Okay, so I watched the movie last night and I'm emotional all over again! I loved the adaptation directed by Josh Boone. He is one lucky guy to have been able to work with the likes of Shailene Woodley, Ansel Elgort and Nat Wollf who play Hazel Grace, Augustus Waters and Isaac respectively. Not because they're such famous actors but because they bring a level of fresh acting to the screen. I'm going to list the highlights of this movie and also some things I wish Josh Boone had avoided doing or brought from the book.
1) Hazel and Augustus don't stop smiling! - I swear, I couldn't stop grinning throughout the first half of the movie. The chemistry between the two lead characters was even better in the movie. Their dialogue felt very natural and awkward at the same time because the two played off each other very well but it was also very cute to watch moments where Augustus asked Hazel to watch a movie and she didn't hear so she said 'what?' to which he replied 'hmm?' Awrh! (Also, who agrees that Augustus' grin is heartbreaking? I do!)Totally agreed with Hazel's mum when she said the two 'are so adorable' because it really was hilarious watching their relationship blossom from friends to star-crossed lovers.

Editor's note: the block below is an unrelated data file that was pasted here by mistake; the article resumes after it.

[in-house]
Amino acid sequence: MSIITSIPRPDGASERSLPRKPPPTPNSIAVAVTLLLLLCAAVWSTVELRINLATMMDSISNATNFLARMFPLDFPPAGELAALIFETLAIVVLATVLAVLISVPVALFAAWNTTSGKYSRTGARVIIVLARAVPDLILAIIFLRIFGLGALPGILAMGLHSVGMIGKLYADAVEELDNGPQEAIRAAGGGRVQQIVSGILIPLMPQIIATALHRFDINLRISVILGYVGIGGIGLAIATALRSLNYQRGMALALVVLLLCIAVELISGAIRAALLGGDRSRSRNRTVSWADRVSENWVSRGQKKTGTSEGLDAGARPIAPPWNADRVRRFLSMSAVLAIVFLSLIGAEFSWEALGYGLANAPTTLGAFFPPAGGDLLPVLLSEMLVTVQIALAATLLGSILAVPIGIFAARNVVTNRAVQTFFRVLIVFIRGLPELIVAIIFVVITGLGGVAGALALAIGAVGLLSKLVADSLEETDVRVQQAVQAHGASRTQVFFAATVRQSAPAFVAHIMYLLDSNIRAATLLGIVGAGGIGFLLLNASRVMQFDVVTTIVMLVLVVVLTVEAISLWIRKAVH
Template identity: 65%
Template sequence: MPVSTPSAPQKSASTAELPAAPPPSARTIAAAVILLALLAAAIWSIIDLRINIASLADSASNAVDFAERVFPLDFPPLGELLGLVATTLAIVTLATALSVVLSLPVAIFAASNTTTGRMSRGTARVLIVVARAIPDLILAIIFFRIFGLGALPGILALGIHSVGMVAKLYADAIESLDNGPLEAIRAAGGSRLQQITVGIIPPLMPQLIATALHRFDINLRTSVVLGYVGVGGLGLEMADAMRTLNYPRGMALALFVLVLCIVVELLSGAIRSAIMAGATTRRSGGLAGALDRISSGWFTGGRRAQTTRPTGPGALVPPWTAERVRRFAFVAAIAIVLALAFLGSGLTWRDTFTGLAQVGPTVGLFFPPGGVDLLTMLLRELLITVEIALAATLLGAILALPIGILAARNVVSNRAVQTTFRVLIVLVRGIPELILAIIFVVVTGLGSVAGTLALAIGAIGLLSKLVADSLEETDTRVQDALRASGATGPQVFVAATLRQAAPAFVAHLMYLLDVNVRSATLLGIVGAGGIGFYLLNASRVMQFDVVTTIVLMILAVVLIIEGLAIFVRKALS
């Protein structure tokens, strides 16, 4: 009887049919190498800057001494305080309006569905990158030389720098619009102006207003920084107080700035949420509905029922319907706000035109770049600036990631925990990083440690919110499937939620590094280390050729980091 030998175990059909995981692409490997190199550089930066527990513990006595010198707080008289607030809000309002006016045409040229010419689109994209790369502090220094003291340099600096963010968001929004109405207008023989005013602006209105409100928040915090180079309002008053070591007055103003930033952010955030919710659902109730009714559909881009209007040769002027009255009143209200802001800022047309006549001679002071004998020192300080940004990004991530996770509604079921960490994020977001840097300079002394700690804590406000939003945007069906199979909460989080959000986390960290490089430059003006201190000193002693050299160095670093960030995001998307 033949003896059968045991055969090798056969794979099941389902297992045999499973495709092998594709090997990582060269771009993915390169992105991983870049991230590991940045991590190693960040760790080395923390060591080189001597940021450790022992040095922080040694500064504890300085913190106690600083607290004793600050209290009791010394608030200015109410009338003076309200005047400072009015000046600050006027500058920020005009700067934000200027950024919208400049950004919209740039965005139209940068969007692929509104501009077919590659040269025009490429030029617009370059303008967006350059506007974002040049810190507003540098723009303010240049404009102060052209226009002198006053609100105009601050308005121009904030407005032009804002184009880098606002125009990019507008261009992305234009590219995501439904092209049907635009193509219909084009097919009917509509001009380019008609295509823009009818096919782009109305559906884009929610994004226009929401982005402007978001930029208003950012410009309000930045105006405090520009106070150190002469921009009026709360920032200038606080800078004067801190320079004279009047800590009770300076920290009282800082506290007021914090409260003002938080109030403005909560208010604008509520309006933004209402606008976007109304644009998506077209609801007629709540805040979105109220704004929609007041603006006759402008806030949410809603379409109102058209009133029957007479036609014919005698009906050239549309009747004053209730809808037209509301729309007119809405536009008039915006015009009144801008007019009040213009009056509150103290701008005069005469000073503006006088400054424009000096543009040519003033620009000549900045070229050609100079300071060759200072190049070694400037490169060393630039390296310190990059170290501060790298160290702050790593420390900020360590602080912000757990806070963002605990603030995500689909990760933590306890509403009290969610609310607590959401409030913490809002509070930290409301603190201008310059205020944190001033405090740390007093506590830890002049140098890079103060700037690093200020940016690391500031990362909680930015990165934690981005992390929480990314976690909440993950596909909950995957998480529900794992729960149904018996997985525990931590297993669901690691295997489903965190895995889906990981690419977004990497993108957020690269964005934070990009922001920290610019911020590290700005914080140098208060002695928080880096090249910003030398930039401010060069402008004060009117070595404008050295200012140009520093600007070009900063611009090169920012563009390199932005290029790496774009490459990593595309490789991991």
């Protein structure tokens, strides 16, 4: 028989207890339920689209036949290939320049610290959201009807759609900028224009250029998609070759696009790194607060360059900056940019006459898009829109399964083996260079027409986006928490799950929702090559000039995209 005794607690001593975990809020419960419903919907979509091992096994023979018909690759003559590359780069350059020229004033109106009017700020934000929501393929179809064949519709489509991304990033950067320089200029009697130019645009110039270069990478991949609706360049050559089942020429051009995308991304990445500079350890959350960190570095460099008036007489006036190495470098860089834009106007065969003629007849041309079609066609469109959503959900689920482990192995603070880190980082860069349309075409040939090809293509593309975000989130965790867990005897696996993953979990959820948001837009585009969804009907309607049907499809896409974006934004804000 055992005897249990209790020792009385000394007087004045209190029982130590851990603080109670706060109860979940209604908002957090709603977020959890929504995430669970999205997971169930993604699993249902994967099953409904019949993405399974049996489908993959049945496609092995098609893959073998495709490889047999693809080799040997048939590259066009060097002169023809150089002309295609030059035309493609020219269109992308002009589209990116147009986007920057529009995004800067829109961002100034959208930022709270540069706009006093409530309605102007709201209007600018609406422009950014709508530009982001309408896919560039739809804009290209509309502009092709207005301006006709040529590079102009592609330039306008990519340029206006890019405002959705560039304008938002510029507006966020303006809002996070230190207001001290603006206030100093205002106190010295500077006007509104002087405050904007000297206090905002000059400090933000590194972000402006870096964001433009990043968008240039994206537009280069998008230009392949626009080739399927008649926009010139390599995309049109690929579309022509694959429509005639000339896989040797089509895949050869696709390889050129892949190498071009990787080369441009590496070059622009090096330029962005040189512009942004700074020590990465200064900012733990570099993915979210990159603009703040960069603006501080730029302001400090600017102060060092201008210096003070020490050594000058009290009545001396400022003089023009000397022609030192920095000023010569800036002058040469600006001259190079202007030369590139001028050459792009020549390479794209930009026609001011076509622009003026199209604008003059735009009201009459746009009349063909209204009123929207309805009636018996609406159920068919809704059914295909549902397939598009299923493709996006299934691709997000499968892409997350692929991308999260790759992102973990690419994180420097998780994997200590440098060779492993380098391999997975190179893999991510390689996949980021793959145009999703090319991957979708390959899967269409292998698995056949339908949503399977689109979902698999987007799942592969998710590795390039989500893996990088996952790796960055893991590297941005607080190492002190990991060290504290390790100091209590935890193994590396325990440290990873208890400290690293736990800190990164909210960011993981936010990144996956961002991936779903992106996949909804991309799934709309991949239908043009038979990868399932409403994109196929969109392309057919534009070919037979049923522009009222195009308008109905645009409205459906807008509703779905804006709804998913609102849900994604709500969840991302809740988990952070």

2) The extra features on the movie screen - I loved how Josh Boone visibly displays Augustus and Hazel's text conversations on the screen in a similar font to the one on the book cover. This movie was basically about a girl and her iphone which I found hilarious because that's me and my instagram account! >.<